Managing to escape, Arthur flees to his home in Thailand where he soon comes across Gina (Alba), whom he manages to save from the hands of her abusive boyfriend, Frank (Quintavalle). Naturally, the two are quick to fall in love, but their happy union is soon upset when Gina is kidnapped and taken hostage by Craine, leaving Bishop no choice but to accept the three contract kills which he is to make look like accidents.
Just how much you will enjoy this latest Statham-extravaganza solely depends on how much love you have for the man himself. As expected, the forty-nine-year-old star is reliable as ever and completely devoted to the action stunts required and even though there is nothing new on offer – we’ve seen him do this stuff before - he still manages to keep things interesting. Unfortunately, the same cannot be said for his co-stars who are either given very little to do - we’re looking at you Ms. Alba - or don’t know how to handle the material given - see Hazeldine as the bland villain.
In terms of story itself, it takes a little bit time for the action to get rolling and while audiences will probably get a kick out of the various action set pieces and dangerous situations that Bishop finds himself in the plot, scripted by Phillip Shelby and Tony Mosher, boasts a certain degree of absurdity which might be difficult to swallow. Additionally, the romance between Statham and Alba feels forced and when things go awry, it’s difficult to become fully connected with the situation and the stakes.
All in all, Mechanic: Resurrection is a relatively fun, but by-the-numbers Statham action flick which is capable of offering a good time, but only if you go in knowing what to expect.
Originally titled In the Deep, there’s a lot to love about Jaume Collet-Serra’s slightly cheesy but relatively solid and beautifully photographed killer-shark movie, The Shallows. With franchises like Sharknado having turned this once terrifying concept - see Jaws - into a cartoonish spectacle, The Shallows reaffirms the genre’s position on the scare-o-meter and brings with it the feeling of dread and terror of the deep blue sea.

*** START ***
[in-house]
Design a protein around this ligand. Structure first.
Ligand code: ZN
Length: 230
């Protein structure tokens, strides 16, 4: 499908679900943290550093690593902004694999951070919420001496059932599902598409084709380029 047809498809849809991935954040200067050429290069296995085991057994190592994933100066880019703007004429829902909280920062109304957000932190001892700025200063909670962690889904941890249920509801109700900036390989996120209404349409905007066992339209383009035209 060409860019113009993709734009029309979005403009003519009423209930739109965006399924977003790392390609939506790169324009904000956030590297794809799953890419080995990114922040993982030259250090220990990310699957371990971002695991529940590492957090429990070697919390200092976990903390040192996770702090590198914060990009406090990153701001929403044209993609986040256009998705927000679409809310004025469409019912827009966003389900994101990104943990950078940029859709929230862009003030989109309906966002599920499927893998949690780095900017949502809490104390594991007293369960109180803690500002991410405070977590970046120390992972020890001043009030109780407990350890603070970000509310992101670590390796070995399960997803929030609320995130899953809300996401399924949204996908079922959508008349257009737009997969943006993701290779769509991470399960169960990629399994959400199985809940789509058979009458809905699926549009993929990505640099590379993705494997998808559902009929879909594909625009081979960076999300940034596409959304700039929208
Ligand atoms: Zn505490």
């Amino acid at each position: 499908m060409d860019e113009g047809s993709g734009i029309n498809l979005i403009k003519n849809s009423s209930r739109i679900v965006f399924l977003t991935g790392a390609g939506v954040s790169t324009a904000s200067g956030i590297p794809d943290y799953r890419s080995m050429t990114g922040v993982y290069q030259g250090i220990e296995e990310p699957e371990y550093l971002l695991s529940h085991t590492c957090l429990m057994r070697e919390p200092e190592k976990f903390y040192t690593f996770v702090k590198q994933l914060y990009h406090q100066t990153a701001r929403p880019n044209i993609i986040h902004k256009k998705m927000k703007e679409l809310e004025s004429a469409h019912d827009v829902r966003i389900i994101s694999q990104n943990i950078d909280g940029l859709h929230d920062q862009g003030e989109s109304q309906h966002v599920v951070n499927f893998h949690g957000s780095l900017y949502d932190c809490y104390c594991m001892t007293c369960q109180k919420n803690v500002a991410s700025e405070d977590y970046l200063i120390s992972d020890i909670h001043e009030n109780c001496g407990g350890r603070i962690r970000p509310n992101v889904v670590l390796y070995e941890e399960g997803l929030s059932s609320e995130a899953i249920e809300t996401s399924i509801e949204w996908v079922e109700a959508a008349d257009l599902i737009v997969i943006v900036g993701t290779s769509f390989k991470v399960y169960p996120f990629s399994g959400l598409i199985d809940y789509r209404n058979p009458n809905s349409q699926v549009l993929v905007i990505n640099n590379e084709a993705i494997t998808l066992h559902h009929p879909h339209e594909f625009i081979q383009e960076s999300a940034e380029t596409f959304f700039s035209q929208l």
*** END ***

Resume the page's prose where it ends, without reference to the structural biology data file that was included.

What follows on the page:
The story follows Nancy (Lively); a med-student from Texas who is on holiday searching for a beach that her recently deceased mother spoke very fondly of. With her travel-buddy off doing other stuff, Nancy is left to her own devices and with the help of a friendly local, Carlos (Jaenada), soon makes her way to the secret beach.
Arriving to what can only be described as heaven on earth, Nancy wastes no time before diving into the blue waters. However, her blissful afternoon of sun, sea and sand is soon cut short by an arrival of a vicious Great White shark who was drawn to the bay by a dead whale. Having taken a bite out of her leg, Nancy is forced to stay perched up on a rock formation and must find a way to save her own life before being swept away by the high tide that is soon coming in.
With the exception of a handful of supporting characters, The Shallows is a one-woman show with Lively - most popular for her role as Serena van der Woodsen in Gossip Girl - showing a surprising amount of versatility and skill in carrying the movie through on her own and offers a lot more than what one would expect from this kind of set-up – a shot of her witnessing something terrifying off-screen is a particular highlight.
Things get off to an ominous start with a two-minute Skype call between the lead and her father spelling out a little too much to the audience, meaning there's no character-building throughout the film. But Collet-Serra manages, quite successfully, to build up enough dread leading up to the attack, inducing the picturesque scenes with enough anxiety and fear to keep audiences on edge. The CGI is mostly spot-on - although there are scenes where its presence is painfully obvious - and the gore is relatively effective.
It’s no Jaws by any means, but there’s still enough atmosphere in The Shallows the the end result is a surprisingly and effectively constructed summer-thriller.